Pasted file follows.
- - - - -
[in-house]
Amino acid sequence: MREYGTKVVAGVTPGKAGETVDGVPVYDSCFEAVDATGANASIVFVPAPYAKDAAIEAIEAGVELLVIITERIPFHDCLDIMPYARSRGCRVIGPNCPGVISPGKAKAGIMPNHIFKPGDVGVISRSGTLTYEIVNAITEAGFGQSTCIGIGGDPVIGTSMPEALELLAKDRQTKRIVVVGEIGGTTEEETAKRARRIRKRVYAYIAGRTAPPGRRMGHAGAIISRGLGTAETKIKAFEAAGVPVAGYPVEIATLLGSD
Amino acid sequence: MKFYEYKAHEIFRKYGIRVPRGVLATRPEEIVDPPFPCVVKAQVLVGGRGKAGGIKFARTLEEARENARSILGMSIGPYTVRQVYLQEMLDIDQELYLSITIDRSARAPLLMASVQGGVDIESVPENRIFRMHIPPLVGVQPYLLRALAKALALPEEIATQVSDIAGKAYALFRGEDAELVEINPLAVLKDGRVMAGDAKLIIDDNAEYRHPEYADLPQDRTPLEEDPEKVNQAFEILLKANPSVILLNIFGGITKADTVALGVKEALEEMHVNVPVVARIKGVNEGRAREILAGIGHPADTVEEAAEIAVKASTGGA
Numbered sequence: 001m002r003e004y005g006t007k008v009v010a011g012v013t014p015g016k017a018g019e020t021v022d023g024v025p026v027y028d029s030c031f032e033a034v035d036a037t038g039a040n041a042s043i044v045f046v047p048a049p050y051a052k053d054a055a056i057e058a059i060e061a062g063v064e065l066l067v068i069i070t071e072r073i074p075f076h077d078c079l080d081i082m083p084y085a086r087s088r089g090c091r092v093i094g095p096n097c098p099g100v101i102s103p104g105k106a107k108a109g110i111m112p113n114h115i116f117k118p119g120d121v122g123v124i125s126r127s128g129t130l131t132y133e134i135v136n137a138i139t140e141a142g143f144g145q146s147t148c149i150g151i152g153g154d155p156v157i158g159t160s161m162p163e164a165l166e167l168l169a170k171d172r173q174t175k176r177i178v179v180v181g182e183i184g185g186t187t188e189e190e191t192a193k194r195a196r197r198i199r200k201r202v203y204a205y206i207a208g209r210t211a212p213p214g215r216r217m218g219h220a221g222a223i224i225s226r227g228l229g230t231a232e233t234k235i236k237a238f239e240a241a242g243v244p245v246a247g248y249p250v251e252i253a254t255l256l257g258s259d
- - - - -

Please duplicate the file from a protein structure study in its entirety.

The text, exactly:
[in-house]
Amino acid sequence: MREYGTKVVAGVTPGKAGETVDGVPVYDSCFEAVDATGANASIVFVPAPYAKDAAIEAIEAGVELLVIITERIPFHDCLDIMPYARSRGCRVIGPNCPGVISPGKAKAGIMPNHIFKPGDVGVISRSGTLTYEIVNAITEAGFGQSTCIGIGGDPVIGTSMPEALELLAKDRQTKRIVVVGEIGGTTEEETAKRARRIRKRVYAYIAGRTAPPGRRMGHAGAIISRGLGTAETKIKAFEAAGVPVAGYPVEIATLLGSD
Amino acid sequence: MKFYEYKAHEIFRKYGIRVPRGVLATRPEEIVDPPFPCVVKAQVLVGGRGKAGGIKFARTLEEARENARSILGMSIGPYTVRQVYLQEMLDIDQELYLSITIDRSARAPLLMASVQGGVDIESVPENRIFRMHIPPLVGVQPYLLRALAKALALPEEIATQVSDIAGKAYALFRGEDAELVEINPLAVLKDGRVMAGDAKLIIDDNAEYRHPEYADLPQDRTPLEEDPEKVNQAFEILLKANPSVILLNIFGGITKADTVALGVKEALEEMHVNVPVVARIKGVNEGRAREILAGIGHPADTVEEAAEIAVKASTGGA
Numbered sequence: 001m002r003e004y005g006t007k008v009v010a011g012v013t014p015g016k017a018g019e020t021v022d023g024v025p026v027y028d029s030c031f032e033a034v035d036a037t038g039a040n041a042s043i044v045f046v047p048a049p050y051a052k053d054a055a056i057e058a059i060e061a062g063v064e065l066l067v068i069i070t071e072r073i074p075f076h077d078c079l080d081i082m083p084y085a086r087s088r089g090c091r092v093i094g095p096n097c098p099g100v101i102s103p104g105k106a107k108a109g110i111m112p113n114h115i116f117k118p119g120d121v122g123v124i125s126r127s128g129t130l131t132y133e134i135v136n137a138i139t140e141a142g143f144g145q146s147t148c149i150g151i152g153g154d155p156v157i158g159t160s161m162p163e164a165l166e167l168l169a170k171d172r173q174t175k176r177i178v179v180v181g182e183i184g185g186t187t188e189e190e191t192a193k194r195a196r197r198i199r200k201r202v203y204a205y206i207a208g209r210t211a212p213p214g215r216r217m218g219h220a221g222a223i224i225s226r227g228l229g230t231a232e233t234k235i236k237a238f239e240a241a242g243v244p245v246a247g248y249p250v251e252i253a254t255l256l257g258s259d